Adrian Dyer began his career in the Merchant Navy as a navigating officer, before he came ashore in 2000 to work within the shipping industry in the City of London – his current role being a Trade Manager. He is married with two children, and he also works alongside his wife Katariina, in their executive coaching business, Jalas Coaching. Adrian blogs as City Dad, aiming to encourage dads to become familiar with their rights as regards paternity and parental leave, as well as flexible working.
Adrian Dyer has recently been announced as a member of the Timewise 2015 Power Part Time list – a roll call of the UK’s top 50 men and women who work in senior, business-critical roles, all on less than five days per week.
Working in a global shipping company
I work for a large, global shipping company. Although the company overall has over 800 deep sea vessels, it is split into several different divisions. I work within the RORO (or car-carrying) division. I manage two teams and it is my primary responsibility to ensure that every vessel leaves Europe full, with the right cargo, meeting our customers’ demands and ideally exceeding our budgetary targets.
I am responsible for the profit (or loss) of every vessel. Working in the European head office, we oversee all the work done in our other offices throughout Europe, the Middle East and Africa.
Changing my work pattern to fit around my family life
In 2013 when I returned to work from four months of Additional Paternity Leave (now Shared Parental Leave) I didn’t relish the idea of going back to work and, once again, hardly seeing the kids from Monday to Friday. I told my employers that ideally I’d like to come back working three days a week. However, in order to continue in my current role, it was agreed that I could have a half day off every week. Over two years on and this system is still working well.
A half day a week might not sound like much but it makes a huge difference to our family. It’s the only day of the week that I’m able to pick my son up from school and my daughter from nursery and the look on their faces when I pick them up is, alone, worth the 10% pay cut. After I pick them up we do something fun for a couple of hours until it’s time for the evening routine!
Appearing on the Timewise Power Part Time list
I’m very happy to have made it onto the list. I’m hoping that by being on it, it will make some dads, or dads-to-be, stop and think: “Hey, maybe I could do this too. Maybe I haven’t got the balance right yet”.
Being more involved with family has been great for all of us. It’s time you don’t get back and I certainly don’t want to be on my deathbed wishing I had worked less and spent more time with my family.
I think this list is hugely important as it gets lots of publicity and clearly shows people that part time working is something which can vastly benefit both men as well as women and is something that can also be done by senior members of staff and people in business critical roles.
— Timewise Jobs (@timewisejobs) November 9, 2015
To be honest though, I am not a big fan of the term “part time”. It sounds half-hearted and lacking commitment. It somehow makes it sound that for the time you are not working you are sitting around at home watching daytime TV. However, in reality, the people on the Power Part Time list use their time away from the office to do vastly different things such as having a portfolio career, studying, looking after children or elderly relatives, building their own house, volunteering, running their own website or business, or looking after their health. None of this sounds very part-time to me!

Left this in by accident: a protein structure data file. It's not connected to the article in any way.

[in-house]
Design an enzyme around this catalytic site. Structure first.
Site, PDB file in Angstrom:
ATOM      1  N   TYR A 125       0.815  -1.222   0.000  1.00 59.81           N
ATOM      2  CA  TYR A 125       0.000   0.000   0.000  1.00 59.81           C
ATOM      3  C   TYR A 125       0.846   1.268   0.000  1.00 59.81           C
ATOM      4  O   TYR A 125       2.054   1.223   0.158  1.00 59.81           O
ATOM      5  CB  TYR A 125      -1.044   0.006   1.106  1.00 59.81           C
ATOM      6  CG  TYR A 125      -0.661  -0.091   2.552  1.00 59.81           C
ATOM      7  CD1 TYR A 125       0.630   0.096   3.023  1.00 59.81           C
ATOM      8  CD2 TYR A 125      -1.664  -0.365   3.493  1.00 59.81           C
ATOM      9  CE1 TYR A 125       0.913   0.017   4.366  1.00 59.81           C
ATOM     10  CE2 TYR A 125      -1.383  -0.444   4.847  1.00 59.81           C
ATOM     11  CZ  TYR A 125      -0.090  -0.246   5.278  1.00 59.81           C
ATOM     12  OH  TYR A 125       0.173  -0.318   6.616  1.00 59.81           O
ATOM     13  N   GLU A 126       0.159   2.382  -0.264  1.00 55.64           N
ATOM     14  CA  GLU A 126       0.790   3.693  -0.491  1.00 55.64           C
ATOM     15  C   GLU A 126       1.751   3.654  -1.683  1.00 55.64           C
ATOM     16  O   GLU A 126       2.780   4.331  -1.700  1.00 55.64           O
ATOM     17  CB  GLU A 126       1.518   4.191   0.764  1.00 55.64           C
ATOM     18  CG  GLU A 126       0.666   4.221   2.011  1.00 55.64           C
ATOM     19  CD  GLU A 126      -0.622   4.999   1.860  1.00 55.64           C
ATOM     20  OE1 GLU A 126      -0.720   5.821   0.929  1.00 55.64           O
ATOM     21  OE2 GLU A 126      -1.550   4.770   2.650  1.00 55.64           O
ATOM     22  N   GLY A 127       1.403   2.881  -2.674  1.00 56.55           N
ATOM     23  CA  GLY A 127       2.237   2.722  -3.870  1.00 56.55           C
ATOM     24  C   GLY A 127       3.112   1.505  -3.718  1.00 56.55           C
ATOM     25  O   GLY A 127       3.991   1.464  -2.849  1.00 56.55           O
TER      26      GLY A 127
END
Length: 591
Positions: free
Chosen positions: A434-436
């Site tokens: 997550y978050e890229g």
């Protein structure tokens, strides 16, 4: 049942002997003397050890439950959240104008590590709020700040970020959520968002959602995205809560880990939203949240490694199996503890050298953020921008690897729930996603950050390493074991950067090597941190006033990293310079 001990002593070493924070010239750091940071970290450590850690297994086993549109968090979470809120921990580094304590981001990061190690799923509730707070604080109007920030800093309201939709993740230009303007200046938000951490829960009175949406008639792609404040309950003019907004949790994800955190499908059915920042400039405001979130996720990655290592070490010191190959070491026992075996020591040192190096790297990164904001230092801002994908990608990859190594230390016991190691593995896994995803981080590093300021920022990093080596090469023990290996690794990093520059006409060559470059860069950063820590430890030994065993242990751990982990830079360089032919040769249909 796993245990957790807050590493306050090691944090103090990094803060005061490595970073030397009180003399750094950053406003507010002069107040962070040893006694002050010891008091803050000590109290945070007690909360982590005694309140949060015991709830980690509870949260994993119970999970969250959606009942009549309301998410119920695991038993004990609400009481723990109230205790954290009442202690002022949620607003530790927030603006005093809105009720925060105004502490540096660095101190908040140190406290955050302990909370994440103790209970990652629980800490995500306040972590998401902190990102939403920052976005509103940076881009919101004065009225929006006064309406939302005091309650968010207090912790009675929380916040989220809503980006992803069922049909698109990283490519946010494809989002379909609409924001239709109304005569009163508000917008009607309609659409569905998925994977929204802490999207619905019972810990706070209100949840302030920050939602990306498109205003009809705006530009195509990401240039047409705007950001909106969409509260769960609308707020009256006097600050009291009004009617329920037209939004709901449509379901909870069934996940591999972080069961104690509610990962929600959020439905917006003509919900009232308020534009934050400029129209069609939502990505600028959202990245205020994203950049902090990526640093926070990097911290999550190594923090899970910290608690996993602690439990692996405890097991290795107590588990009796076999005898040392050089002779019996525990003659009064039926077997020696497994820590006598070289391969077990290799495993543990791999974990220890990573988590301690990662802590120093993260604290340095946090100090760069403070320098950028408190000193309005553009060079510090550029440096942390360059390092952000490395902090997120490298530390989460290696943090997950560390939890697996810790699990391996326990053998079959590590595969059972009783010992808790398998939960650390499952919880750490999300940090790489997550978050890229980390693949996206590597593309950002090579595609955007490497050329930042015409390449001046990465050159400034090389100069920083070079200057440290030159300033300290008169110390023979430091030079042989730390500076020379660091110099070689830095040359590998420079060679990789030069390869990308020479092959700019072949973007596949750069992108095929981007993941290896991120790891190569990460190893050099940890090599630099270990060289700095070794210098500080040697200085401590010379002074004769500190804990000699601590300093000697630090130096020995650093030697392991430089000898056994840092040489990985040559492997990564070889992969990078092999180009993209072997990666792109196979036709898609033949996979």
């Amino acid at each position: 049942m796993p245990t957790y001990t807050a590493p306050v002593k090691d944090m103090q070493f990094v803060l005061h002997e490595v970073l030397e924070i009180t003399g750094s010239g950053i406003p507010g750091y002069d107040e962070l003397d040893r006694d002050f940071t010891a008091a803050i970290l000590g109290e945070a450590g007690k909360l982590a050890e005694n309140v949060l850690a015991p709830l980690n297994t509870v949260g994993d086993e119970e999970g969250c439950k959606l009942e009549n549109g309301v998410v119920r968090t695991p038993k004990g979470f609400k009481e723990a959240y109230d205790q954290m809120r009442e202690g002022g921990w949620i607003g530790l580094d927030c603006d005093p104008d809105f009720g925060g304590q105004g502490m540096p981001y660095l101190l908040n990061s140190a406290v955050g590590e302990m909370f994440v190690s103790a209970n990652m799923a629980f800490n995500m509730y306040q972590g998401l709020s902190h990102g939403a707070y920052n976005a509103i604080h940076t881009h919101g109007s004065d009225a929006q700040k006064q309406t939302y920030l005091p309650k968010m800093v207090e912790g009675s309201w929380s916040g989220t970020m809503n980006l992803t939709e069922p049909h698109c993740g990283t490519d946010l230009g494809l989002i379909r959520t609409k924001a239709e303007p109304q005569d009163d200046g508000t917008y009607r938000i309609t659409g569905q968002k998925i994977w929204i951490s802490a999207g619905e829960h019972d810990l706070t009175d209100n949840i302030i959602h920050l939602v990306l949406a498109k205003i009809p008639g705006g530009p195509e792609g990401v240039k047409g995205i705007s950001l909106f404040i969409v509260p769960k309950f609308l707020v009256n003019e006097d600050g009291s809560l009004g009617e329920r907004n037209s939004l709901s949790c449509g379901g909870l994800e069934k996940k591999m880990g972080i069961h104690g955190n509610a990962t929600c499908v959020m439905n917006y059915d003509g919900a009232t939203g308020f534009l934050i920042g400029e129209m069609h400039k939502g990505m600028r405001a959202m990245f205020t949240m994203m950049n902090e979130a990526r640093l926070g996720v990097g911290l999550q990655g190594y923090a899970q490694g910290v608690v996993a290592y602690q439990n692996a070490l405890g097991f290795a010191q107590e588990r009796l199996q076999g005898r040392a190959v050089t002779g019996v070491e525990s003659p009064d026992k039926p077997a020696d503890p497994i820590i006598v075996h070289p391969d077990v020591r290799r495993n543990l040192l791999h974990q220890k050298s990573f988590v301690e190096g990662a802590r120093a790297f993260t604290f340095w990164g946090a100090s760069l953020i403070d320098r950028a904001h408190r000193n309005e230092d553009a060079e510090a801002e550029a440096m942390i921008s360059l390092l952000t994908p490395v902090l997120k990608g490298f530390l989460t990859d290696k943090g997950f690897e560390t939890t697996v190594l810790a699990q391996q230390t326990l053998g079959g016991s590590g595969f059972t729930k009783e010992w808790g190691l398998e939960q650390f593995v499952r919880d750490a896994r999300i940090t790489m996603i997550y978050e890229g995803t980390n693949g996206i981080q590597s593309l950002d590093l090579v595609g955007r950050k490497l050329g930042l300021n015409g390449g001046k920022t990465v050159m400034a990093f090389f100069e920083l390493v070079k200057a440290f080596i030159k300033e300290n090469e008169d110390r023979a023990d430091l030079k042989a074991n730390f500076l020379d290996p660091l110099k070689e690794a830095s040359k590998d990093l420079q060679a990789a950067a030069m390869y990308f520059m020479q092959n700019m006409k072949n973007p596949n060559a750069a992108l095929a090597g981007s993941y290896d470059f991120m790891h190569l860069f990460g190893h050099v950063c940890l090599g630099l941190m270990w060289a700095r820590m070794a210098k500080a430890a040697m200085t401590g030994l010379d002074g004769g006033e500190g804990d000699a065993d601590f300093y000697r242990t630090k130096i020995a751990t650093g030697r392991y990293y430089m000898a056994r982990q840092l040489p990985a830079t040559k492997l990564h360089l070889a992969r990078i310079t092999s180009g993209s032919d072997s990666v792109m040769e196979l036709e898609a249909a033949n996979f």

Working alongside my wife, Katariina, to offer coaching and mentoring to dads and dads-to-be
My wife’s a natural coach. It’s her passion and it’s what she excels at. The reason I took Additional Paternity Leave in the first place, and later worked flexibly, was owing to some productive coaching sessions from her!
Almost two years ago, she left her full-time City job where she worked as an HR Director and took on another role working three days a week for two reasons. One was to spend more time with the kids and the other was to set up her own coaching business which I help her run. At about the same time, I started my City Dad website and we realised that there is a growing demand from fathers to get the balance right between work and life. I therefore now also offer mentoring services to dads, or dads-to-be, who might benefit from hearing what I’ve done and how I made it happen or just need a little help to try and get the balance right between work and family. It feels great to be doing something so rewarding.
Coming up next…
Although my day job pays the bills and is something I enjoy, I’m really enjoying the work I’m doing as City Dad. Like my wife and her coaching, it is something I’m passionate about and something that I hope might be able to help other dads and families. I’m tempted to say that I’d like to campaign to get the Government’s family friendly policies more dad-friendly, as they are in places such as Sweden, but actually I think the UK Government is moving in the right direction. Before 2003, dads basically had nothing. Then came two weeks of Ordinary Paternity Leave, then in 2011 came Additional Paternity Leave and now there’s Shared Parental Leave. So we’re moving in the right direction and I just hope the momentum continues as this is good for women as well as men. I’m enjoying all the creative writing I’m doing in the form of blogs etc, so who knows where this might lead!